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Old records see new life

Cindy Grohs, Plankinton finance officer, works at her desk Wednesday afternoon inside the new City Hall in Plankinton. The book in the foreground is the handwritten police log from the late 1970s when Plankinton had a city police officer. (Sean Ryan/Republic)1 / 3
Plankinton Finance Officer Cindy Grohs walks in front of Plankinton’s new City Hall building on Wednesday in Plankinton. The handwritten judicial records, police log and city’s ordinances were found during the move and will be put on display at the new building. (Sean Ryan/Republic)2 / 3
From left, Plankinton Finance Officer Cindy Grohs and Deputy Finance Officer Eileen Sorsen look through the judicial records from early in Plankinton’s city history on Wednesday at the new City Hall building in Plankinton. The handwritten judicial records, police log and city’s ordinances were found during the move and will be put on display at the new City Hall. (Sean Ryan/Republic)3 / 3

PLANKINTON -- New made way for the old again at City Hall in Plankinton.

More than 130 years of city records, previously shrouded in storage, are now more easily accessible thanks to the city's move into a larger building.

Cindy Grohs, the city's finance officer, has taken on the task of sorting through old books and documents that date back to Dakota Territory days.

"We've always had the records, but they've been in the safe and they would be hard to show to people," she said. "We finally have to room to display some of this and get an idea of city history that maybe has been forgotten about."

Artifacts include initial ordinances passed in 1882, written in quill and ink, to the charter for the Guard Army of the Republic chapter, a fraternal organization founded for French and Indian War and Civil War veterans in 1883. There are judicial documents from the early 1900s, and records about utilities and water works. Mementos from the city's centennial are also on display on an antique desk that the city owns, complete with a spot for an ink well.

"If you wanted to look up an old electrical bill, we probably have that here," Grohs said.

The city's offices were moved to 102 S. Main Street in May to the former Central Electric office building. The move worked well for Plankinton, because the building already had a fireproof vault, replacing the aging safe that the city used for decades. And because previous owners were in the electrical business, the building already had infrastructure to house the municipal electric offices and meter equipment.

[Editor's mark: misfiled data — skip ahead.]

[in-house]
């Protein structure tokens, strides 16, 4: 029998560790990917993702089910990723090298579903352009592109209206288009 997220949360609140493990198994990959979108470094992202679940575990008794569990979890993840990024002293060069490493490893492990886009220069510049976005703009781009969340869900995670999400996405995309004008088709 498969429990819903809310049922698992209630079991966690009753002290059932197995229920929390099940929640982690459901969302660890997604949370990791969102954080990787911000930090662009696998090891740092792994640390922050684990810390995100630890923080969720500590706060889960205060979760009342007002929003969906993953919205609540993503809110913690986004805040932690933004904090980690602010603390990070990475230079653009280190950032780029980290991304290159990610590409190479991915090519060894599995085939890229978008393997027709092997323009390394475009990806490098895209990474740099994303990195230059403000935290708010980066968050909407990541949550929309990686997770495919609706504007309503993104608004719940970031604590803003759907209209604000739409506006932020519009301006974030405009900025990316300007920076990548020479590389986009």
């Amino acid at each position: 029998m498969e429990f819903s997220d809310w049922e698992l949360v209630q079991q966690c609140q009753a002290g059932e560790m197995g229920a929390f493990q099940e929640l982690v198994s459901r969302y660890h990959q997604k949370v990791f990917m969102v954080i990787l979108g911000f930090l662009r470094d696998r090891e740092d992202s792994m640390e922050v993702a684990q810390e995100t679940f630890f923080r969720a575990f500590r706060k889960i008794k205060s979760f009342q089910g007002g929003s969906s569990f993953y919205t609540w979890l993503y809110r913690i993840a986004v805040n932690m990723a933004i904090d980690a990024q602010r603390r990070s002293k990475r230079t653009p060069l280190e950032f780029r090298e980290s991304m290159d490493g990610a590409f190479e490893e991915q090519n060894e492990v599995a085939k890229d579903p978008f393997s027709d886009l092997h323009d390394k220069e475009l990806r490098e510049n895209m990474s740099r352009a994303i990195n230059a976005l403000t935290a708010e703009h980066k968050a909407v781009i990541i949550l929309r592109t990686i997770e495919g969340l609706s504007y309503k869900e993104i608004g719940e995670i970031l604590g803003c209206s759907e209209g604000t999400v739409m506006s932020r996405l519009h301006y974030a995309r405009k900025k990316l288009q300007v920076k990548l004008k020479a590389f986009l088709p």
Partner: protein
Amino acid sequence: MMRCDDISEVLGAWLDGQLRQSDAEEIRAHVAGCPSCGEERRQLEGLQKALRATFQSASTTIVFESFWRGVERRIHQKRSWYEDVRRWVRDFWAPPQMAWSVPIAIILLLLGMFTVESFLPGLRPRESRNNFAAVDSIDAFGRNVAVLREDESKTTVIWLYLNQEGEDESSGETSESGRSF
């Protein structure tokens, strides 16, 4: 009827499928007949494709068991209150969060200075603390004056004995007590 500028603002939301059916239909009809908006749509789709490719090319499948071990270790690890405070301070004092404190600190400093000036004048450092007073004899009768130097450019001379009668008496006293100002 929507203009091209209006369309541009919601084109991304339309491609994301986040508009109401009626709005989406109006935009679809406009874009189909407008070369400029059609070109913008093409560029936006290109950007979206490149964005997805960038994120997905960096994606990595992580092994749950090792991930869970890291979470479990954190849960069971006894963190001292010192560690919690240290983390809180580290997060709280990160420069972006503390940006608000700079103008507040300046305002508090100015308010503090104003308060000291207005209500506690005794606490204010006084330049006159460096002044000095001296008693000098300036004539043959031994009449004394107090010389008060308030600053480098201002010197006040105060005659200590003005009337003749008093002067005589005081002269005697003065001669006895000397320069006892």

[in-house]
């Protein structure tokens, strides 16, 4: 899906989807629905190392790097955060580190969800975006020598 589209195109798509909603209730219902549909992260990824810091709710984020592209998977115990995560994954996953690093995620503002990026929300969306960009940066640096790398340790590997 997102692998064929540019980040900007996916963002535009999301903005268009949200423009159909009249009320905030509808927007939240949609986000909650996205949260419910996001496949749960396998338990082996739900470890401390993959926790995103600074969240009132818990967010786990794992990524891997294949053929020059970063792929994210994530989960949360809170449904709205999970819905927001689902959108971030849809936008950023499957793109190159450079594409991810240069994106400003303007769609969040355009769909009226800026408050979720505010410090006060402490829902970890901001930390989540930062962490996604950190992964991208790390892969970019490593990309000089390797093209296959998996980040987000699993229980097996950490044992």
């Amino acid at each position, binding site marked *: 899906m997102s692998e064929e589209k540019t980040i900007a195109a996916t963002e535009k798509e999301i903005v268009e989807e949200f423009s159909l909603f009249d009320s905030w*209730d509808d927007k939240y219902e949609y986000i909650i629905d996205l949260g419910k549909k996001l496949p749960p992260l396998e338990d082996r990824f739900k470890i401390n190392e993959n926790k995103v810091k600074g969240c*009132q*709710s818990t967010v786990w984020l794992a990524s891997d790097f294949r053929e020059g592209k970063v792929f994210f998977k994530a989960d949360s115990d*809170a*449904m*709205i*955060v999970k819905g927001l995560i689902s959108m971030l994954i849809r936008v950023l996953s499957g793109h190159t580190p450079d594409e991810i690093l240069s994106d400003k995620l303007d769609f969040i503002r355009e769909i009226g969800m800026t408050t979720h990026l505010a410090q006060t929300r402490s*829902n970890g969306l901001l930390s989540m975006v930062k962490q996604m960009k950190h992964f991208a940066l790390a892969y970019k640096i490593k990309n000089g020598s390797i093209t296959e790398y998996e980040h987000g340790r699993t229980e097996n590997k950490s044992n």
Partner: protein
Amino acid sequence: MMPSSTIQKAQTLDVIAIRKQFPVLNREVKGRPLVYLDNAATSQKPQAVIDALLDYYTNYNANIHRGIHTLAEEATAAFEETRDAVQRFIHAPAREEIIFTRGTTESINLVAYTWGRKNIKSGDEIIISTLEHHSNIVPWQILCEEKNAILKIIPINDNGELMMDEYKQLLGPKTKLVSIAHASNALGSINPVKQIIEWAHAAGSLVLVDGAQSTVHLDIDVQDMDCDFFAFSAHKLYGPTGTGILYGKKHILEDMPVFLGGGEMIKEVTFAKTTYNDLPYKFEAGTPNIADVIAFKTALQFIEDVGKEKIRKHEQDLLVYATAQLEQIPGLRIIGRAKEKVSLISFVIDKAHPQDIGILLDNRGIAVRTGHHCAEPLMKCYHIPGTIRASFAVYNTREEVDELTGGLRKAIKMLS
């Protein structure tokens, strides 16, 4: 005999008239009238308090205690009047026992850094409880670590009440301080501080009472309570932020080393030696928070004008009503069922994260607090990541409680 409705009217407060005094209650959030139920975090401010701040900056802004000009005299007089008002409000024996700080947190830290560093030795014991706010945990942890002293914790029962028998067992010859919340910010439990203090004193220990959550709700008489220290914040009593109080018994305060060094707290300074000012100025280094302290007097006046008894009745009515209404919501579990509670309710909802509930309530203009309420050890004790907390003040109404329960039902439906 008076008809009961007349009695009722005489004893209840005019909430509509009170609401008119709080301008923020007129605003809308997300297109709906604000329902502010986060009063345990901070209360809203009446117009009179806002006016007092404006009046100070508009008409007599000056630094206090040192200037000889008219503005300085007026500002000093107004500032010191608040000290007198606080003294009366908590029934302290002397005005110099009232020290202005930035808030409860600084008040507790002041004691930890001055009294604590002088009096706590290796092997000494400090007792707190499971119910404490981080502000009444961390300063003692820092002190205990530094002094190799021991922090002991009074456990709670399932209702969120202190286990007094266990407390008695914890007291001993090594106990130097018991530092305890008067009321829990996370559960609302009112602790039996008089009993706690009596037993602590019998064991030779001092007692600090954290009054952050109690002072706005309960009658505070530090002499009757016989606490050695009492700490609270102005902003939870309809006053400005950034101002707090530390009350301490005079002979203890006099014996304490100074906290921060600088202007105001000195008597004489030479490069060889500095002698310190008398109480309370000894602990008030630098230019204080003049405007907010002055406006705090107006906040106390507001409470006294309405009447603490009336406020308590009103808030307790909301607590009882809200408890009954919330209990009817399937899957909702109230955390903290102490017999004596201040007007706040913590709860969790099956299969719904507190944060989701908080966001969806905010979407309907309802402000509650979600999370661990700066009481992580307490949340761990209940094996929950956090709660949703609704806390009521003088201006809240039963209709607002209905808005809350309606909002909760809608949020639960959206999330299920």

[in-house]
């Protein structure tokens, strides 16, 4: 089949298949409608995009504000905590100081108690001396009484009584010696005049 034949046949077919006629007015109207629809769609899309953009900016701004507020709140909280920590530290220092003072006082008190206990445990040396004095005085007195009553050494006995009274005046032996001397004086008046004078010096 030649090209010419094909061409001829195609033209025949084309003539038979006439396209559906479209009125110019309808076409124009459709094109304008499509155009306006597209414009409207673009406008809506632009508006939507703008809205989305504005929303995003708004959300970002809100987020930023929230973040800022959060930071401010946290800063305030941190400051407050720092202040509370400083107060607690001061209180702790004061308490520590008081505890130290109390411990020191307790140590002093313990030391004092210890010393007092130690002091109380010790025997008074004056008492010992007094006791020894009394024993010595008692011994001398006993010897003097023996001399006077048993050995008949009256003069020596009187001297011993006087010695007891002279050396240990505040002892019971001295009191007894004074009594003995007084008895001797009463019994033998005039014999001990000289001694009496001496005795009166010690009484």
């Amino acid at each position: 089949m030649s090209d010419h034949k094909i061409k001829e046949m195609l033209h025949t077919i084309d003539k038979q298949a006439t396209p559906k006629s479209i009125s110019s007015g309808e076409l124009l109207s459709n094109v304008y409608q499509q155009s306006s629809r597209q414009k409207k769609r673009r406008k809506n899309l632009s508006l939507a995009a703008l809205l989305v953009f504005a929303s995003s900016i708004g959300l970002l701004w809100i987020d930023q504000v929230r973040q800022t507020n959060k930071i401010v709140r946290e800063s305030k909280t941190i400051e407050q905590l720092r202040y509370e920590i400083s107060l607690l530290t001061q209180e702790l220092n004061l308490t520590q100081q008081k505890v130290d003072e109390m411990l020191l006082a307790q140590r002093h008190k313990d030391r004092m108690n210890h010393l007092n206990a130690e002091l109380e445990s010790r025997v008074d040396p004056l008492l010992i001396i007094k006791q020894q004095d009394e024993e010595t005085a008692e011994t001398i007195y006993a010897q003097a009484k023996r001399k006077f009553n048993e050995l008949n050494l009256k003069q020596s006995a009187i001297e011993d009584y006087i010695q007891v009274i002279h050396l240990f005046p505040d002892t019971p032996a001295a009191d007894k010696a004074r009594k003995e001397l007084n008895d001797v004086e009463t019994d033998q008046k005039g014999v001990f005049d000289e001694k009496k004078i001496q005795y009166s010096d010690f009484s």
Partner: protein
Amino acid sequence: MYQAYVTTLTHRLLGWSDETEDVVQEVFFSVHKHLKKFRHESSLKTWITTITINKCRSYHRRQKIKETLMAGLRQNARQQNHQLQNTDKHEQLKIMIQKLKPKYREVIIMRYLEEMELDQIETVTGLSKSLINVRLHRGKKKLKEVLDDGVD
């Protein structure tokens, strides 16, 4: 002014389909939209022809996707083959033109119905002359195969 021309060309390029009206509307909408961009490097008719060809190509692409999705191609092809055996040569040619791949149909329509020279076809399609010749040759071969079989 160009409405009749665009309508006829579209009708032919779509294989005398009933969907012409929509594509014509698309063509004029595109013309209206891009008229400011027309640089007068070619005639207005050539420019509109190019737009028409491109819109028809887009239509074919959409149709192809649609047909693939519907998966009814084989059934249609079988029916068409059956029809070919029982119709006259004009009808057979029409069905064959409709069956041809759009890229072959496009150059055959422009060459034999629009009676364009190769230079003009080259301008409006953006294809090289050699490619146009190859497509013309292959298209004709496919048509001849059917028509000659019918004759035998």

The city purchased the former Central Electric local offices for $5,108 after the building was on the market for more than a year. Mayor Joe Staller said the move was mostly a no-brainer, as the city purchased the building from the local development corporation.

"We were looking at spending $15,000 to $20,000 to upgrade our city hall and so we couldn't pass this up," he said.

The city is only using half of the new building. The Plankinton City Council decided not to rent out the rest of the building to avoid competing with other available properties on Main Street.

Plankinton is currently taking sealed bids for its old city hall at 123 N. Main Street, after declaring the building surplus during its July meeting. Those bids for the 50-by-140-foot lot and the 38-by-50-foot building will be due Aug. 4. The old city hall building was constructed in the mid-1960s to hold the B.P. Harris Law Firm. The city moved into the facility about a decade later, according to Grohs, after being located across the street where the Senior Citizens Center is currently located.

The new city hall location has some history, too. Rosalie Brink, who served as the city's finance officer for more than 20 years, said her grandmother used to operate Becker's Cafe on the site of the current city hall until she sold the business in 1957. Everything from a bank to a bar and a creamery has been at the location, which used to be two separate buildings, Brink said.

That history, then and now, has a permanent place to stay and be seen.

"We have a lot of Plankintonites who come back to town and I think would be interested in seeing some of that history, and it's good to have that on display," Staller said.

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